I should have started this blog months ago. As a postgraduate in journalism studies, one would venture I have no problem what-so-ever starting up a blog, getting inspired, and indulge in typing my life away. Ha ha, I wish. If only I was that inspired. At times when I feel like I'm inspired, I'll sit down in front of the computer, only to be greeted with the cold rush of my thoughts running away like a criminal out-running the cops. Today; however, I feel inspired. So let’s start this from the beginning.
I came to England on 19 September 2007 to begin a new chapter in my life; the Postgrad Year. Since I applied to graduate school in December 2006, I have been excited with the prospect of going to uni abroad. At the same time, though, I was shocked at my opportunity. Never in my life did I imagine I could leave the comforts of the Western United States and my family for another location in the US--let alone go abroad. Even vacationing abroad seemed out of reach, given my financial status. When I accepted my place at University of Sheffield in Northern England, I looked at it as killing two birds with one stone. I got to leave my comfort zone for another location and I get to be a tourist.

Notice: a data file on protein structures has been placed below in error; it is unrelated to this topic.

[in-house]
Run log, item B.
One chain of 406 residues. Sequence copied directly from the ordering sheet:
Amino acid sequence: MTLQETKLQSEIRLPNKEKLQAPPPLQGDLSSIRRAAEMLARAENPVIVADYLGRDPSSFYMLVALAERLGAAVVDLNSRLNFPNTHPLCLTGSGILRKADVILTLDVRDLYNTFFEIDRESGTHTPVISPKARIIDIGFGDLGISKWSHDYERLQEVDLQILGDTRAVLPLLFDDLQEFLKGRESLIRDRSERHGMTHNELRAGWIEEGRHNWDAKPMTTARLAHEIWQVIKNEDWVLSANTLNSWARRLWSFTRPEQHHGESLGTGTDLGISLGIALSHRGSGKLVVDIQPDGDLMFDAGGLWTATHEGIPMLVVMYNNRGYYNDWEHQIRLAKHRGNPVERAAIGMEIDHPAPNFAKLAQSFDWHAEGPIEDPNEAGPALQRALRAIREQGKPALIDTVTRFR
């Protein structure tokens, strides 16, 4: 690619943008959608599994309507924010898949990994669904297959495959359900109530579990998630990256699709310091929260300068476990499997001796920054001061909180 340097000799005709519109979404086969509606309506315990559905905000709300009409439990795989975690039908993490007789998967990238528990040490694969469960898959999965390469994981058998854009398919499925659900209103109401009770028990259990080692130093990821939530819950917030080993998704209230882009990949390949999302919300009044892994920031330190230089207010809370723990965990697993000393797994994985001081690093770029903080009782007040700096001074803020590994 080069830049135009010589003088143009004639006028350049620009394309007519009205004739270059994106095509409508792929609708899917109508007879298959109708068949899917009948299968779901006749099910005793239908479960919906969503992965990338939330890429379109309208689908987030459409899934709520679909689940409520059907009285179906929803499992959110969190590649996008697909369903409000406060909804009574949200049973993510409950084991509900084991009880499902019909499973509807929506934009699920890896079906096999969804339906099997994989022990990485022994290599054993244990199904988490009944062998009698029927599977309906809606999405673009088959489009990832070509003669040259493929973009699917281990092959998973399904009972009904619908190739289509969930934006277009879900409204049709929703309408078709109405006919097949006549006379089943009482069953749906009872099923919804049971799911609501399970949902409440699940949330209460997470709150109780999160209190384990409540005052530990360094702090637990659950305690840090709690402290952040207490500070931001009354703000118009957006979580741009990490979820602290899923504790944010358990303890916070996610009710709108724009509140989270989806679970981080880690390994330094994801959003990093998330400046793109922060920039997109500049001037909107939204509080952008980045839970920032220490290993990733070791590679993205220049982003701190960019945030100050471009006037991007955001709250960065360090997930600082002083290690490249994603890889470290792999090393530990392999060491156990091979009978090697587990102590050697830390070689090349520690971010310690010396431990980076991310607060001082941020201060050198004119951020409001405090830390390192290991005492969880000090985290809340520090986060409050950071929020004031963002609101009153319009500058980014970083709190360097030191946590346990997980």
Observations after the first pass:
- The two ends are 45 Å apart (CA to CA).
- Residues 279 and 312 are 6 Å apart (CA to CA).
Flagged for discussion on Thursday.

At first when I arrived, I was scared. Of course! London wasn't what I thought it was the first day or so (then I loved it once I got to the Westminster area) and Sheffield seemed too small. I wanted to turn around and go home. Things weren't actually turning out the way I planned them to be and jeez--it's hard when your plans are ruined. I'm not good with back-up plans. But things came into order, I became good friends with my flatmates and some of my coursemates, and am getting used to Sheffield. Since I arrived, I've had to tell myself how lucky I am to be here. And I really am. Sure I'm in serious debt (I could own a Mercedes right about now!) because of my decision, but... it's worth it. You can't get this type of experience anywhere or at anytime. I believe in fate and fate brought me to Sheffield.